STOCKHOLM (Reuters) - Swedish mobile gear maker Ericsson said it is ready to cut more costs if needed after lower expenses, patent fees and a sales recovery in China helped it meet forecasts for quarterly operating profit on Wednesday.
Ericsson’s focus on lifting profits by paring costs comes as demand in its biggest markets shifts to upgrades of existing capacity rather than building new, next-generation networks.
Here the Swedish company faces tough competition from Finnish network equipment maker Nokia and Franco-American Alcatel-Lucent which are poised to drive higher sales growth and improve profit margins by merging early in 2016.
Ericsson’s strategy has been to steer clear of larger acquisitions, instead partnering with data network giant Cisco Systems Inc to jointly sell products.
Analysts worry that the combined Nokia-Alcatel Lucent will prove a more attractive supplier to telecom operators as it will be stronger in fixed-line data communications.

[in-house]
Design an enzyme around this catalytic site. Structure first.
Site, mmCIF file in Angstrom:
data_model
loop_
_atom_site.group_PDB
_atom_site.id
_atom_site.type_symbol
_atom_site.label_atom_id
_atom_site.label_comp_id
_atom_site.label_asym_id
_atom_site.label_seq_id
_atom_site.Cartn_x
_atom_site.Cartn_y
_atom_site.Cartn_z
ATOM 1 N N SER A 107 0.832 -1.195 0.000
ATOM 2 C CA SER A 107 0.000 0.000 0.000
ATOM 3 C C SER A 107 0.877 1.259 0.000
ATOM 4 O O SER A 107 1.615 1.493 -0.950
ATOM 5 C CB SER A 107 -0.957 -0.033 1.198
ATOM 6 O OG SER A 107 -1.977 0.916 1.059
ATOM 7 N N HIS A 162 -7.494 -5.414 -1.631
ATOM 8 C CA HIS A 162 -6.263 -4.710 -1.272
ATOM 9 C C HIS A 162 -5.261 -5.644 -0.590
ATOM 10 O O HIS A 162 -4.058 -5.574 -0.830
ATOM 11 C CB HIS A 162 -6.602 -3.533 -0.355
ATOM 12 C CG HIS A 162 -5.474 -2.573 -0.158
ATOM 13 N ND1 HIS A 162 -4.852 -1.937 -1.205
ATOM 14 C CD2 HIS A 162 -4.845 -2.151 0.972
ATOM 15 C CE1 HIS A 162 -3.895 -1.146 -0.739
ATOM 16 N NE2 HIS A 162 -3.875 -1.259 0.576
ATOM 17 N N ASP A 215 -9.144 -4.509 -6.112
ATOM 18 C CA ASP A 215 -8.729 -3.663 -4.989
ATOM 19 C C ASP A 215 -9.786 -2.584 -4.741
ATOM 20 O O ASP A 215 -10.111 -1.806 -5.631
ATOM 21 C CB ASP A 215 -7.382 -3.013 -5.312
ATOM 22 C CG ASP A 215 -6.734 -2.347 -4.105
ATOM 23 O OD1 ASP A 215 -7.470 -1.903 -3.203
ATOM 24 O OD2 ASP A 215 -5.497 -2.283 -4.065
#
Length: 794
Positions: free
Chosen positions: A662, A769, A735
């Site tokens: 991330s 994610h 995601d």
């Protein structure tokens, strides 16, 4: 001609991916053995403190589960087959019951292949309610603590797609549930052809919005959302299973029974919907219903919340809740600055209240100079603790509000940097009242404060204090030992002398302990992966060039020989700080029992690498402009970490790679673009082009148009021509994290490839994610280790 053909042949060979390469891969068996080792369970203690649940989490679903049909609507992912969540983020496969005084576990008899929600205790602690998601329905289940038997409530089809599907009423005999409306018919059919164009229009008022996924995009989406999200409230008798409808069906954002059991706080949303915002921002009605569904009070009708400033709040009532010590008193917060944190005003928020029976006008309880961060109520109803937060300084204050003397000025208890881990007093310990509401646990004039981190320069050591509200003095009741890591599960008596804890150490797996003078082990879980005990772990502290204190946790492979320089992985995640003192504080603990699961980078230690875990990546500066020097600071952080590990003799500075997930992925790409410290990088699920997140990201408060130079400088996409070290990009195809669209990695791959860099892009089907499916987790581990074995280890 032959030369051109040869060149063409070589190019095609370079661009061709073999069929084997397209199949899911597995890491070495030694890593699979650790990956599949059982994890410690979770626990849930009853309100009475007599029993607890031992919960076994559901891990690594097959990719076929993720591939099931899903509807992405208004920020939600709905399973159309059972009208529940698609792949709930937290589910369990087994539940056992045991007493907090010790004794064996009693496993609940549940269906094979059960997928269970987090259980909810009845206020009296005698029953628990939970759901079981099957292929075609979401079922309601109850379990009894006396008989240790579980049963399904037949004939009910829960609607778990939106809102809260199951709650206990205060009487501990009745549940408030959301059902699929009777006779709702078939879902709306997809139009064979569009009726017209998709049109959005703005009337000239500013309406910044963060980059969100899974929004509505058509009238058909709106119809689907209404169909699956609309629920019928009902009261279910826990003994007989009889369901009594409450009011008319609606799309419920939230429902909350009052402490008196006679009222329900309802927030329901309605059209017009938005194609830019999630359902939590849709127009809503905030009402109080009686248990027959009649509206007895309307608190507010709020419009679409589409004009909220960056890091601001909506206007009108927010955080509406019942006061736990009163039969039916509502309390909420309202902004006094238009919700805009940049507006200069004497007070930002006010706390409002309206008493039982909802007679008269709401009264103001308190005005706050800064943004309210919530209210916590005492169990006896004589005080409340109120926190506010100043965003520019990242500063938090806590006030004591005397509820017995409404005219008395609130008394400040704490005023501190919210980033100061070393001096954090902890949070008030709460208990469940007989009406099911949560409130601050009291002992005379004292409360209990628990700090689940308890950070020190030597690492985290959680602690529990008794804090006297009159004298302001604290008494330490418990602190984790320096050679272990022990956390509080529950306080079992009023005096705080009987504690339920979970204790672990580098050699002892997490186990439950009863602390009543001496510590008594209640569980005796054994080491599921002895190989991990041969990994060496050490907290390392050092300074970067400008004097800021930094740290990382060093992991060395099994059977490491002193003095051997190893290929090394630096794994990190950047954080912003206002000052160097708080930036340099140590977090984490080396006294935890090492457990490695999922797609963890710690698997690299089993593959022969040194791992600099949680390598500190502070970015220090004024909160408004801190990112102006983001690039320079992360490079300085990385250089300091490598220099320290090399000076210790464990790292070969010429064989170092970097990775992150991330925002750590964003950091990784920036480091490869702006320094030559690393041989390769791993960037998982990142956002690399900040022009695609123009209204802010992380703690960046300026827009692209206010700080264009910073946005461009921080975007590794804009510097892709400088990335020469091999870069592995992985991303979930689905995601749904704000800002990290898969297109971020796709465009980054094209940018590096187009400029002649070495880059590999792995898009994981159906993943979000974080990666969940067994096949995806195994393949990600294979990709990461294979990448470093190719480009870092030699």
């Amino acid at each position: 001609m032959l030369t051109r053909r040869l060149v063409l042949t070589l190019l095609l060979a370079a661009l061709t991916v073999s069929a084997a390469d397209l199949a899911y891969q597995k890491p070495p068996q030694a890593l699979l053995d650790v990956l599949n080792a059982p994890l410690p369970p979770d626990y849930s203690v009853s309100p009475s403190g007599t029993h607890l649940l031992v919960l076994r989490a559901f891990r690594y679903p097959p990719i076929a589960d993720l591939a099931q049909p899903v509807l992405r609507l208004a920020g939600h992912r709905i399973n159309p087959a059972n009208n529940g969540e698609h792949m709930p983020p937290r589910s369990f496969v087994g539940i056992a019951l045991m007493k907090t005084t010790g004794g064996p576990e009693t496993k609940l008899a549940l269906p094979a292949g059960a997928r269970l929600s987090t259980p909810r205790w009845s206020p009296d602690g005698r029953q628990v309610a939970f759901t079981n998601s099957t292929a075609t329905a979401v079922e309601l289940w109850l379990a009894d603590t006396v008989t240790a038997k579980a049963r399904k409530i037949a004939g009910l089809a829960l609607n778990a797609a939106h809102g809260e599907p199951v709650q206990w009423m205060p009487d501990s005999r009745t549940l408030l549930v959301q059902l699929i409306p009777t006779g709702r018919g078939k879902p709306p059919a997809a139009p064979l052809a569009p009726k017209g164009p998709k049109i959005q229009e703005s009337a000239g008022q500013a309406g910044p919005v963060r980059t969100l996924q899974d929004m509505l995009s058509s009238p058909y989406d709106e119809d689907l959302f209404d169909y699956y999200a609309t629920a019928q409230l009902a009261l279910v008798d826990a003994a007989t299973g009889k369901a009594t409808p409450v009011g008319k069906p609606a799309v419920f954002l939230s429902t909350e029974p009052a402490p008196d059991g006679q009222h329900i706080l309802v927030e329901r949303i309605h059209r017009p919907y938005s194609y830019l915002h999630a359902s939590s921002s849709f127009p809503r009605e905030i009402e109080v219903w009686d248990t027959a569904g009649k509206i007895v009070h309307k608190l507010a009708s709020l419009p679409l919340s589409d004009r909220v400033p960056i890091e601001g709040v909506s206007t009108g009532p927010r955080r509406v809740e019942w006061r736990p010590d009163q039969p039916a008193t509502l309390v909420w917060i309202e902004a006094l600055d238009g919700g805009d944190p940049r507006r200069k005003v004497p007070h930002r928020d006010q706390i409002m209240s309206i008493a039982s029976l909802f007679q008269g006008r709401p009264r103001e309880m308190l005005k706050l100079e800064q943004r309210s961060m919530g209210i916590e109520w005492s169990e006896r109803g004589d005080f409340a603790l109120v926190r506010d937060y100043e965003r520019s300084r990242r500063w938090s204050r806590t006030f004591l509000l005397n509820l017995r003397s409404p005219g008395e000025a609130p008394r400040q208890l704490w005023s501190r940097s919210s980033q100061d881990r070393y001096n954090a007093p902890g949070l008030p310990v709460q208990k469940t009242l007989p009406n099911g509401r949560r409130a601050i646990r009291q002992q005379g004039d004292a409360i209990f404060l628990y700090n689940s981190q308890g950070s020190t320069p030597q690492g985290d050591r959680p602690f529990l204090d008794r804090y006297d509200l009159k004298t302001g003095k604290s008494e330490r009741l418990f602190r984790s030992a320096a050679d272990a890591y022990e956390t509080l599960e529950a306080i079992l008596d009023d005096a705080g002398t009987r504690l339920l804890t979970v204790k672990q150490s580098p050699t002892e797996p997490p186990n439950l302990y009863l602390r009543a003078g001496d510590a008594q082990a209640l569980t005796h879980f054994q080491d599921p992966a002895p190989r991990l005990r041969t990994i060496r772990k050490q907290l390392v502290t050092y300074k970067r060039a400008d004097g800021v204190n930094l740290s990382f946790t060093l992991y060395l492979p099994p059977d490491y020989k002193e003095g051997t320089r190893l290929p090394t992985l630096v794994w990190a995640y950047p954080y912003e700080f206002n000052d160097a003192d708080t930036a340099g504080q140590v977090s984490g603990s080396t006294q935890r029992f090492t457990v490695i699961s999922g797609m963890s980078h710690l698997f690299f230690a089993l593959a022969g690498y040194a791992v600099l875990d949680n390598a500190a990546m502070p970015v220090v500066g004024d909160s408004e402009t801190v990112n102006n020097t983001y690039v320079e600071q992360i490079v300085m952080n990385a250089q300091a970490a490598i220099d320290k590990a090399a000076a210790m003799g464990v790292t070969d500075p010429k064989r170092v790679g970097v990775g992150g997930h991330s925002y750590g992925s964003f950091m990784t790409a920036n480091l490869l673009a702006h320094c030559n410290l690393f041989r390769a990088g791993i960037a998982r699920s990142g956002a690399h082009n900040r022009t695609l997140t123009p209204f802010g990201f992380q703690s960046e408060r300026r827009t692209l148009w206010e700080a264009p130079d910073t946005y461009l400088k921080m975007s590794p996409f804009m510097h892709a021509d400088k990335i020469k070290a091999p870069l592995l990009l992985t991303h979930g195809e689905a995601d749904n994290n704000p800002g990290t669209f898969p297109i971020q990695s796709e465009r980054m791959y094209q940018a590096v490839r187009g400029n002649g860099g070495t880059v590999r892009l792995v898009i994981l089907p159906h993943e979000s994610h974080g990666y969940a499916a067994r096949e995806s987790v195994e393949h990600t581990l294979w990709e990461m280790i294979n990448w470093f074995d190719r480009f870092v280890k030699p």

Ericsson, whose fourth quarter capped a second year of falling like-for-like sales, declining by 5 percent in 2015 after a 2 percent drop in 2014, managed to cut operating expenses by 12 percent compared to the year-ago quarter, mostly in research and development.
It said it was on track to save 9 billion crowns ($1.1 billion) annually by 2017 and flagged there could be more cuts.“ Our preparedness is much higher if we need to do more,” Ericsson CEO Hans Vestberg told a conference call, without providing specific targets.
“I think we will see some tough years ahead, and they should be happy with zero growth,” said Inge Heydorn, a fund manager at Sentat Asset Management who has no position in Ericsson.
With no growth in sight for its core business and no firm targets for more savings, Ericsson shares had fallen 5.5 percent by 1127 GMT (6:27 a.m. ET) after a strong performance in the past few days.
Ericsson said sales of network equipment in China had picked up, while networks sales in its biggest market North America were stable. Finance chief Jan Frykhammar said North America would not come back to 2014 levels, a year of big investments in new networks, at least not in the short term.
Operating profit was 11.0 billion crowns compared to 6.3 billion a year ago and above a mean forecast of 10.6 billion in a Reuters poll of analysts.
Sales and profits were lifted by a one-off payment from Apple Inc after the companies settled litigation last month and signed a patent license agreement.
Additional reporting by Eric Auchard; Editing by Alistair Scrutton and Alexander Smith